Tuesday, October 7, 2014

Hockey Trends Shifting

Until recently, youth hockey was considered a sport only for the “serious athlete,” meaning the young athlete with aspirations of one day becoming a professional hockey player. As such, the typical youth hockey player was one whose parents were very serious about the sport, whose parents started him or her playing at a young age, and who spent a lot of time and money on hockey. Behaving this way was deemed as a sort of “pathway to success” for the aspiring pro hockey player.
Shirt badge/Association crest
Shirt badge/Association crest (Photo credit: Wikipedia)

Lately, however, the USA Hockey organization has stopped encouraging these attitudes and beliefs. It banned body-checking at the pee wee level to encourage otherwise nervous parents and kids to play the game. It also put an end to its expensive peewee national championship to encourage those families who weren’t willing or able to invest a lot of money in hockey to participate. It also, perhaps most shockingly of all, has encouraged its young players to engage in at least one other sport.

While, to many, these changes seem counterproductive, USA Hockey has its reasons for implementing them. Studies conducted by the organization divulged that by the age of 9, 43% of children who had been introduced to the sport at a young age had quit playing altogether. Delving further into this issue, they blamed the high quit-rates on children who were being pressured into the sport, overworked, and simply not having fun playing it. So, the goal of these changes is actually to increase the number of children playing hockey and, thus, to create more future pro hockey players, naturally. The thought is that if children are able to enjoy and play other sports and to focus less on the competitive aspects of the game, they will learn more in terms of actual skills and techniques and enjoy their playing and practice time more.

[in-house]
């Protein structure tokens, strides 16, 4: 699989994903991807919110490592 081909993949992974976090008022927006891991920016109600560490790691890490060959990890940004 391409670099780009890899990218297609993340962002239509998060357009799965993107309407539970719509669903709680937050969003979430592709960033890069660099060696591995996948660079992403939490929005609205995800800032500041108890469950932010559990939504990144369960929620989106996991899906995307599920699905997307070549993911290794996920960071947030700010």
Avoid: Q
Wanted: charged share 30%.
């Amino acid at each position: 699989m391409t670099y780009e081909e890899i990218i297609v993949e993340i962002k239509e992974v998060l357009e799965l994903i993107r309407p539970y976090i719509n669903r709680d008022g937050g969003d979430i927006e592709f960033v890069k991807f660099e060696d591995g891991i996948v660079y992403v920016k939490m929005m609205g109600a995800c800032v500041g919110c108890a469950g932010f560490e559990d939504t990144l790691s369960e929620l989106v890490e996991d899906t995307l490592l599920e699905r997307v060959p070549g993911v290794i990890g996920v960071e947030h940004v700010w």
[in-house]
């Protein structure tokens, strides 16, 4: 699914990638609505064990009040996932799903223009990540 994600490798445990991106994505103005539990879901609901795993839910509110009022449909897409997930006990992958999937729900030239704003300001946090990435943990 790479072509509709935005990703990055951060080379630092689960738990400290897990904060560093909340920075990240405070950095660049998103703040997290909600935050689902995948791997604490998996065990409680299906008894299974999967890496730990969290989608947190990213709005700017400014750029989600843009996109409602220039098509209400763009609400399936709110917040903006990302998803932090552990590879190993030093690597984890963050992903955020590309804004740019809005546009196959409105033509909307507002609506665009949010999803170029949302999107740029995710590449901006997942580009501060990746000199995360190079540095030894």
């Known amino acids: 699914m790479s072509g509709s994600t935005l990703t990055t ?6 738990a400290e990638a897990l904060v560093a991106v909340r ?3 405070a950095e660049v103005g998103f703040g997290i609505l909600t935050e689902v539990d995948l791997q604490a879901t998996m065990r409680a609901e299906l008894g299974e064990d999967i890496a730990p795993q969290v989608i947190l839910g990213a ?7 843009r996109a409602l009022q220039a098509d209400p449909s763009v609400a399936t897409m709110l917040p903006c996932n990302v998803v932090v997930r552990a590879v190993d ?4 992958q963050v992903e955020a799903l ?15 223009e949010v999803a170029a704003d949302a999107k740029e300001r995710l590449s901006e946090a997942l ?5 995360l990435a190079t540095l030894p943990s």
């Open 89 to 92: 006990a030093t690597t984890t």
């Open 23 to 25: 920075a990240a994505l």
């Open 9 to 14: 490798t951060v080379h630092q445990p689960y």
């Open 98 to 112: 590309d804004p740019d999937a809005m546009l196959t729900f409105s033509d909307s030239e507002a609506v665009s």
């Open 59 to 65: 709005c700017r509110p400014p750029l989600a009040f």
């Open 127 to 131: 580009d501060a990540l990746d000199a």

In fact, these principles are believed in so strongly that the organization took them one step further and implemented a plan known as the American Development Model or ADM for short. This program is focused more on having fun and learning the fundamentals of the game than it is on competition or excessive practice.

While people have different feelings on these new implementations, early studies have shown that they are paying off. Not only are children enjoying hockey more and playing for longer but new players, players who likely wouldn't have been drawn to the game before, are signing up. Only time will tell if the plan will succeed at its goal of producing more pro hockey players, but the most important benefit speaks for itself: kids are having fun and, best of all, are actually behaving like kids.

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